5 Paragraph Opinion Essay Templates

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You’ve just been assigned to write an opinion essay. “Opinions?!” You think, “I’ve got plenty of those!” But slow down, cowboy, you’re going to have to narrow it down to a single opinion.

More than that, you must be able to support that opinion with facts, figures, or examples from the real world.

“You are not entitled to your opinion. You are entitled to your informed opinion. No one is entitled to be ignorant.” ― Harlan Ellison

Don’t let that daunt you, though, because I’m about to guide you through how to create an opinion essay, from start to finish.

So Really, What’s an Opinion Essay?!

You want my opinion on the “opinion essay”? It’s like a 5-paragraph essay … but better!

An opinion essay is nothing more than an essay that focuses on a single opinion. You pick a point of view that you’re either in support of or against, and that’s all you focus on. Your supporting information will all contribute to that one point of view.

In contrast to an argumentative essay, a persuasive essay, or a pros and cons essay, the opinion essay focuses on one opinion. There’s no counterpoints. There’s no contrasting points of view. There’s no comparison of advantages and disadvantages.

For a few examples to get a better lay of the land when it comes to opinion essays, check out these example essays:

Now that you know what it is, and what it isn’t, I’ll show you how to write an opinion essay in five easy steps.

Step 1: Find Your Topic

Finding a topic might be the most difficult part of writing an opinion essay because the whole essay hinges on a single point—your opinion! Find something that really interests you or that you feel strongly about.

Get your imagination going with these simple prompts:

  • I believe that …
  • In my opinion …
  • It seems to me that …

If you’re having trouble finding the perfect topic, take a look at these 50 argumentative essay topics. Choose one that you have a strong opinion about.

Once you’ve found your topic, think of three reasons that your opinion is correct (you can have more, or fewer, but three reasons would offer good, solid support).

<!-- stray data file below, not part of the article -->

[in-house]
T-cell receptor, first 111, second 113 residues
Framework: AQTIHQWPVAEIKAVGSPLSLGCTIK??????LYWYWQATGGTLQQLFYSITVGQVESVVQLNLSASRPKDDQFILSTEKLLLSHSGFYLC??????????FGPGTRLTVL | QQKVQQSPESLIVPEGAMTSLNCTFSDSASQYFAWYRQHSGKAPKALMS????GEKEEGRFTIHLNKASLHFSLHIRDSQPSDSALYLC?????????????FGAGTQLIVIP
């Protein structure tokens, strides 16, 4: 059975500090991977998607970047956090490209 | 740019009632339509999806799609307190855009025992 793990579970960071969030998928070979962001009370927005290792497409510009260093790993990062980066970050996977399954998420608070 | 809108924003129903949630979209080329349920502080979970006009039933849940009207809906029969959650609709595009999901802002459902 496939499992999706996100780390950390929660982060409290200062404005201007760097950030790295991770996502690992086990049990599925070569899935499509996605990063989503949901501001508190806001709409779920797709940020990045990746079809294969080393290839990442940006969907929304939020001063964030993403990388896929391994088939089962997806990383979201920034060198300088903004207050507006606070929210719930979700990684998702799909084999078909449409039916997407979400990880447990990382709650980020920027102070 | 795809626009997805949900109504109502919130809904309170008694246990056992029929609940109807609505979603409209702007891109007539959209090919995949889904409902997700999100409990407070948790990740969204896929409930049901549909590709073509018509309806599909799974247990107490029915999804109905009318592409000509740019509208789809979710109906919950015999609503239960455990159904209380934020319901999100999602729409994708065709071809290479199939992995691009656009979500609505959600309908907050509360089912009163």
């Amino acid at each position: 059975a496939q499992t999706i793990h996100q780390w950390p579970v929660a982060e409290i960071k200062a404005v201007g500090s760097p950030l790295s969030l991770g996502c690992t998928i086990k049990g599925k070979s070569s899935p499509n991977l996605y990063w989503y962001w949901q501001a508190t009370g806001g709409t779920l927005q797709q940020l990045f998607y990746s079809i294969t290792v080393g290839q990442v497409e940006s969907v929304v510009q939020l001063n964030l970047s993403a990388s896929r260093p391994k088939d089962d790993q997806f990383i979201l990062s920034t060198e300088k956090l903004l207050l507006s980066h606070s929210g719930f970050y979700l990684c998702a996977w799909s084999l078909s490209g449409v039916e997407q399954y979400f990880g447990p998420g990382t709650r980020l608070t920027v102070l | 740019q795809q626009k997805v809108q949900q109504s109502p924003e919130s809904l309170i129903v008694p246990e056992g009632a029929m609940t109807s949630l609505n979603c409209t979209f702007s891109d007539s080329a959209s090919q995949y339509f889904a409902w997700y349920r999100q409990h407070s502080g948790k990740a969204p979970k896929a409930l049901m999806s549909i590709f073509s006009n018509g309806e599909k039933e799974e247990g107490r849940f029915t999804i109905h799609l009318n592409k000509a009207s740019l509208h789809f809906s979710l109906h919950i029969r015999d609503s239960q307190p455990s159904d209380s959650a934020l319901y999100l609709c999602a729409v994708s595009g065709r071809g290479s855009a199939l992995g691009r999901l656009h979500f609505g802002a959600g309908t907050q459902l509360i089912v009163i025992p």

To do this, just start reading up on your topic, and as you read, gather the facts and figures that you will end up using as evidence. Your three reasons will develop from the trends that you see as you categorize your evidence.

Focus on the larger, thematic topic and three reasons. Let’s do an example:

Topic/thesis: Cowboys are good.

  • Reason 1: Cowboys help people.
  • Reason 2: Cowboys help cows.
  • Reason 3: Cowboys are fun.

Stop. Don’t start writing yet. You want an outline first. Yes, you do. Trust me.

Step 2: Construct Your Outline

In college, I felt like writing an outline was writing the essay twice—double the work—until several professors forced me to start with an outline.

I discovered that an outline actually helped me through writer’s block and helped me to more quickly produce a final product.

With an outline, I already had a broken-down list of topics, a direction to go (which, by the way, kept me organized), and I had a place in my essay already picked out for all of my random thoughts.

And guess what? I got better grades because I wrote better essays. So do yourself a favor and construct an outline before you start writing your essay draft.

Here’s an example:

  1. Paragraph 1:Introduction
    1. Use a hook to engage your audience
    2. Introduce your topic
      1. 3 reasons for my opinion
      2. Thesis statement (my main opinion)
  2. Paragraph 2:
    1. Topic sentence includes your first reason
    2. Develop the first reason by giving supporting examples, facts, and statements
  3. Paragraph 3:
    1. Topic sentence includes your second reason
    2. Develop the second reason by giving supporting examples, facts, and statements
  4. Paragraph 4:
    1. Topic sentence includes your third reason
    2. Develop the third reason by giving supporting examples, facts, and statements
  5. Paragraph 5: Conclusion
    1. Restate your thesis
    2. Give a brief summary of your reasons

Keep reading, and gather facts to support your argument as you read. Start filling your outline in with these facts, placing them where they make the most sense.